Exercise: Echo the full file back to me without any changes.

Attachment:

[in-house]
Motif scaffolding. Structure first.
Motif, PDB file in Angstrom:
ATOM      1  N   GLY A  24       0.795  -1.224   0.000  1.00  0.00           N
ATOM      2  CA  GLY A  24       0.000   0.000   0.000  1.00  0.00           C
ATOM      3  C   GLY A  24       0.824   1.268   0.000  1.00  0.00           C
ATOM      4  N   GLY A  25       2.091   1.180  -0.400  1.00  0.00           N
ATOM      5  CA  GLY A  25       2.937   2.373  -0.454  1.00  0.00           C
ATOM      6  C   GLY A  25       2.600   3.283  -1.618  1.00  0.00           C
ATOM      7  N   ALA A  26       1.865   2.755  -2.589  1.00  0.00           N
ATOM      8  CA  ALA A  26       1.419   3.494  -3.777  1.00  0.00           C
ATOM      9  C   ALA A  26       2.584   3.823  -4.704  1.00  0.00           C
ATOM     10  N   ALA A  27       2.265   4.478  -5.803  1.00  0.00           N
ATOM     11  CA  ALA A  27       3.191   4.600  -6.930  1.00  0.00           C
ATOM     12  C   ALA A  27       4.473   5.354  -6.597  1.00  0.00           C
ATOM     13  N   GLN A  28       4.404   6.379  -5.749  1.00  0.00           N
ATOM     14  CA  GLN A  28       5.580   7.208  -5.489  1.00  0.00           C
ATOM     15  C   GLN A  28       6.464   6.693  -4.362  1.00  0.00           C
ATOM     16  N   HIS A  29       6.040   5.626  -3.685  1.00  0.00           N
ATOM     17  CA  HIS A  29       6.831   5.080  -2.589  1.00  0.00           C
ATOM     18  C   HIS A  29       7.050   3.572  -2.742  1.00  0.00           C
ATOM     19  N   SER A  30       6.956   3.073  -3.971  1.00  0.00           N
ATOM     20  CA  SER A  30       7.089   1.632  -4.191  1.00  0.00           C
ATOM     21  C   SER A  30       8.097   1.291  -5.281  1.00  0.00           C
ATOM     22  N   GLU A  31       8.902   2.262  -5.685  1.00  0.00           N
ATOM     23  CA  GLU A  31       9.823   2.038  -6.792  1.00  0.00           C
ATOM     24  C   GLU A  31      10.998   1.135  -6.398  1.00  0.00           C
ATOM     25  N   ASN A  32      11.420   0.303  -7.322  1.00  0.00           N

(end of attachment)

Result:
[in-house]
Motif scaffolding. Structure first.
Motif, PDB file in Angstrom:
ATOM      1  N   GLY A  24       0.795  -1.224   0.000  1.00  0.00           N
ATOM      2  CA  GLY A  24       0.000   0.000   0.000  1.00  0.00           C
ATOM      3  C   GLY A  24       0.824   1.268   0.000  1.00  0.00           C
ATOM      4  N   GLY A  25       2.091   1.180  -0.400  1.00  0.00           N
ATOM      5  CA  GLY A  25       2.937   2.373  -0.454  1.00  0.00           C
ATOM      6  C   GLY A  25       2.600   3.283  -1.618  1.00  0.00           C
ATOM      7  N   ALA A  26       1.865   2.755  -2.589  1.00  0.00           N
ATOM      8  CA  ALA A  26       1.419   3.494  -3.777  1.00  0.00           C
ATOM      9  C   ALA A  26       2.584   3.823  -4.704  1.00  0.00           C
ATOM     10  N   ALA A  27       2.265   4.478  -5.803  1.00  0.00           N
ATOM     11  CA  ALA A  27       3.191   4.600  -6.930  1.00  0.00           C
ATOM     12  C   ALA A  27       4.473   5.354  -6.597  1.00  0.00           C
ATOM     13  N   GLN A  28       4.404   6.379  -5.749  1.00  0.00           N
ATOM     14  CA  GLN A  28       5.580   7.208  -5.489  1.00  0.00           C
ATOM     15  C   GLN A  28       6.464   6.693  -4.362  1.00  0.00           C
ATOM     16  N   HIS A  29       6.040   5.626  -3.685  1.00  0.00           N
ATOM     17  CA  HIS A  29       6.831   5.080  -2.589  1.00  0.00           C
ATOM     18  C   HIS A  29       7.050   3.572  -2.742  1.00  0.00           C
ATOM     19  N   SER A  30       6.956   3.073  -3.971  1.00  0.00           N
ATOM     20  CA  SER A  30       7.089   1.632  -4.191  1.00  0.00           C
ATOM     21  C   SER A  30       8.097   1.291  -5.281  1.00  0.00           C
ATOM     22  N   GLU A  31       8.902   2.262  -5.685  1.00  0.00           N
ATOM     23  CA  GLU A  31       9.823   2.038  -6.792  1.00  0.00           C
ATOM     24  C   GLU A  31      10.998   1.135  -6.398  1.00  0.00           C
ATOM     25  N   ASN A  32      11.420   0.303  -7.322  1.00  0.00           N